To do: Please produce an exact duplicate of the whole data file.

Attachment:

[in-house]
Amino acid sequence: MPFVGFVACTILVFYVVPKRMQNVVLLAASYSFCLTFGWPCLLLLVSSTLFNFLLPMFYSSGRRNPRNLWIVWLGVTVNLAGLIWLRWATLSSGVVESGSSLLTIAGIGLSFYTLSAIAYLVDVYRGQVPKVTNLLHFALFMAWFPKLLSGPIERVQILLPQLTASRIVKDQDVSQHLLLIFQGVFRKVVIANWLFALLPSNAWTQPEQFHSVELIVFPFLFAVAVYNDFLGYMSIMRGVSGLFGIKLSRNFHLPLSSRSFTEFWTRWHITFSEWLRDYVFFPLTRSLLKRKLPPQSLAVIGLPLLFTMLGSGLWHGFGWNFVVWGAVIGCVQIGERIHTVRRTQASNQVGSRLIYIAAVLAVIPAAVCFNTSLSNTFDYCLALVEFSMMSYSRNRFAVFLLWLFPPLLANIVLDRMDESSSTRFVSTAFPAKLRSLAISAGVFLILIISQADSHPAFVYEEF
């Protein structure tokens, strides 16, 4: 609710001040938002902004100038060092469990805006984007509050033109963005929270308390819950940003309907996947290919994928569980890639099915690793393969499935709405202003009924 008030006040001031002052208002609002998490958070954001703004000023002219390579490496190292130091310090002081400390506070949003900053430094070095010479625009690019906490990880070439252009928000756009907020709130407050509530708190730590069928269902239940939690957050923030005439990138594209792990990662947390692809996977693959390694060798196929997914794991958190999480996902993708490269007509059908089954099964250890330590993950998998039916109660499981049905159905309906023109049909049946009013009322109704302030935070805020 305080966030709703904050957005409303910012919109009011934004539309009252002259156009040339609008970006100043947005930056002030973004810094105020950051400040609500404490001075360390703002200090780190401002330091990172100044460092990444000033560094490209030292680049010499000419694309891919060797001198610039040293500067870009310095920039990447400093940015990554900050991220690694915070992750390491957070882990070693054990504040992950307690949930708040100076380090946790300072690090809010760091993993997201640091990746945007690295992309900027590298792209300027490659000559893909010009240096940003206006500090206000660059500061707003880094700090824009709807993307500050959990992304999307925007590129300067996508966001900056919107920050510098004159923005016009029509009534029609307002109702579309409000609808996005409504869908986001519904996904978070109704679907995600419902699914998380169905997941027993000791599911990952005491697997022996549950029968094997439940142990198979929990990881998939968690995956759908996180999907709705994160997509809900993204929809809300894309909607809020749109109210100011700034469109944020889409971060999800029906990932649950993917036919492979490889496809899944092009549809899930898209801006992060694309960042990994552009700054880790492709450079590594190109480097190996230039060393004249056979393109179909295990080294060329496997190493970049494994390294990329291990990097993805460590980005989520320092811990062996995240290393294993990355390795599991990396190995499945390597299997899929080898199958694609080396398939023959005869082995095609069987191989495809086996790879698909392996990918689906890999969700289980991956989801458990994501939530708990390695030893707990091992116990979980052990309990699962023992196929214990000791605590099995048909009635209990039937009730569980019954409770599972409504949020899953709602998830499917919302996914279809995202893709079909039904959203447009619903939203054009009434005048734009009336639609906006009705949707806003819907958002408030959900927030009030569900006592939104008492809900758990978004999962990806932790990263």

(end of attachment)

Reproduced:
[in-house]
Amino acid sequence: MPFVGFVACTILVFYVVPKRMQNVVLLAASYSFCLTFGWPCLLLLVSSTLFNFLLPMFYSSGRRNPRNLWIVWLGVTVNLAGLIWLRWATLSSGVVESGSSLLTIAGIGLSFYTLSAIAYLVDVYRGQVPKVTNLLHFALFMAWFPKLLSGPIERVQILLPQLTASRIVKDQDVSQHLLLIFQGVFRKVVIANWLFALLPSNAWTQPEQFHSVELIVFPFLFAVAVYNDFLGYMSIMRGVSGLFGIKLSRNFHLPLSSRSFTEFWTRWHITFSEWLRDYVFFPLTRSLLKRKLPPQSLAVIGLPLLFTMLGSGLWHGFGWNFVVWGAVIGCVQIGERIHTVRRTQASNQVGSRLIYIAAVLAVIPAAVCFNTSLSNTFDYCLALVEFSMMSYSRNRFAVFLLWLFPPLLANIVLDRMDESSSTRFVSTAFPAKLRSLAISAGVFLILIISQADSHPAFVYEEF
């Protein structure tokens, strides 16, 4: 609710001040938002902004100038060092469990805006984007509050033109963005929270308390819950940003309907996947290919994928569980890639099915690793393969499935709405202003009924 008030006040001031002052208002609002998490958070954001703004000023002219390579490496190292130091310090002081400390506070949003900053430094070095010479625009690019906490990880070439252009928000756009907020709130407050509530708190730590069928269902239940939690957050923030005439990138594209792990990662947390692809996977693959390694060798196929997914794991958190999480996902993708490269007509059908089954099964250890330590993950998998039916109660499981049905159905309906023109049909049946009013009322109704302030935070805020 305080966030709703904050957005409303910012919109009011934004539309009252002259156009040339609008970006100043947005930056002030973004810094105020950051400040609500404490001075360390703002200090780190401002330091990172100044460092990444000033560094490209030292680049010499000419694309891919060797001198610039040293500067870009310095920039990447400093940015990554900050991220690694915070992750390491957070882990070693054990504040992950307690949930708040100076380090946790300072690090809010760091993993997201640091990746945007690295992309900027590298792209300027490659000559893909010009240096940003206006500090206000660059500061707003880094700090824009709807993307500050959990992304999307925007590129300067996508966001900056919107920050510098004159923005016009029509009534029609307002109702579309409000609808996005409504869908986001519904996904978070109704679907995600419902699914998380169905997941027993000791599911990952005491697997022996549950029968094997439940142990198979929990990881998939968690995956759908996180999907709705994160997509809900993204929809809300894309909607809020749109109210100011700034469109944020889409971060999800029906990932649950993917036919492979490889496809899944092009549809899930898209801006992060694309960042990994552009700054880790492709450079590594190109480097190996230039060393004249056979393109179909295990080294060329496997190493970049494994390294990329291990990097993805460590980005989520320092811990062996995240290393294993990355390795599991990396190995499945390597299997899929080898199958694609080396398939023959005869082995095609069987191989495809086996790879698909392996990918689906890999969700289980991956989801458990994501939530708990390695030893707990091992116990979980052990309990699962023992196929214990000791605590099995048909009635209990039937009730569980019954409770599972409504949020899953709602998830499917919302996914279809995202893709079909039904959203447009619903939203054009009434005048734009009336639609906006009705949707806003819907958002408030959900927030009030569900006592939104008492809900758990978004999962990806932790990263």